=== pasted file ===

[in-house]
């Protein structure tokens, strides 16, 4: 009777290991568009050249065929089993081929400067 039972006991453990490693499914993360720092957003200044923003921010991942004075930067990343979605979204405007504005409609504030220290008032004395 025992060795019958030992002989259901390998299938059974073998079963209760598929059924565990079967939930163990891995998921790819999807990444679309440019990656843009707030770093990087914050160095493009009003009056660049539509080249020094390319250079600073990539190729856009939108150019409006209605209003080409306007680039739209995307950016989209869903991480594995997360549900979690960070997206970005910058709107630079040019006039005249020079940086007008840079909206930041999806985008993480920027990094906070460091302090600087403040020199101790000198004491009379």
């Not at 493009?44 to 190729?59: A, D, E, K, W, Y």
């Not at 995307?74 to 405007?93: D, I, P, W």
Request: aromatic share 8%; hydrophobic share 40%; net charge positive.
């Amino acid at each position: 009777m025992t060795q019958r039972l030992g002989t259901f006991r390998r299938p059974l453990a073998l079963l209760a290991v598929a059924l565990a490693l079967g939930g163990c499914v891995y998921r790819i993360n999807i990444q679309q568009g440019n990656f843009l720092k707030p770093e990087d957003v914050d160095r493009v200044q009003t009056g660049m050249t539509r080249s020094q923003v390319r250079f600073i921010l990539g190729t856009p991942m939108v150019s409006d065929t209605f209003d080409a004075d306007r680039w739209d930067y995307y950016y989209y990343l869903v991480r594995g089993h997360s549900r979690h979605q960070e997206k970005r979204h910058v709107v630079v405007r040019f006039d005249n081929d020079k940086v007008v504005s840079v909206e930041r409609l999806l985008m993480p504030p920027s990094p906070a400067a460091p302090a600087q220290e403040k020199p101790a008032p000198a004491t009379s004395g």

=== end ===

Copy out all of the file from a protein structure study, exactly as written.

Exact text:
[in-house]
């Protein structure tokens, strides 16, 4: 009777290991568009050249065929089993081929400067 039972006991453990490693499914993360720092957003200044923003921010991942004075930067990343979605979204405007504005409609504030220290008032004395 025992060795019958030992002989259901390998299938059974073998079963209760598929059924565990079967939930163990891995998921790819999807990444679309440019990656843009707030770093990087914050160095493009009003009056660049539509080249020094390319250079600073990539190729856009939108150019409006209605209003080409306007680039739209995307950016989209869903991480594995997360549900979690960070997206970005910058709107630079040019006039005249020079940086007008840079909206930041999806985008993480920027990094906070460091302090600087403040020199101790000198004491009379």
């Not at 493009?44 to 190729?59: A, D, E, K, W, Y």
């Not at 995307?74 to 405007?93: D, I, P, W």
Request: aromatic share 8%; hydrophobic share 40%; net charge positive.
């Amino acid at each position: 009777m025992t060795q019958r039972l030992g002989t259901f006991r390998r299938p059974l453990a073998l079963l209760a290991v598929a059924l565990a490693l079967g939930g163990c499914v891995y998921r790819i993360n999807i990444q679309q568009g440019n990656f843009l720092k707030p770093e990087d957003v914050d160095r493009v200044q009003t009056g660049m050249t539509r080249s020094q923003v390319r250079f600073i921010l990539g190729t856009p991942m939108v150019s409006d065929t209605f209003d080409a004075d306007r680039w739209d930067y995307y950016y989209y990343l869903v991480r594995g089993h997360s549900r979690h979605q960070e997206k970005r979204h910058v709107v630079v405007r040019f006039d005249n081929d020079k940086v007008v504005s840079v909206e930041r409609l999806l985008m993480p504030p920027s990094p906070a400067a460091p302090a600087q220290e403040k020199p101790a008032p000198a004491t009379s004395g």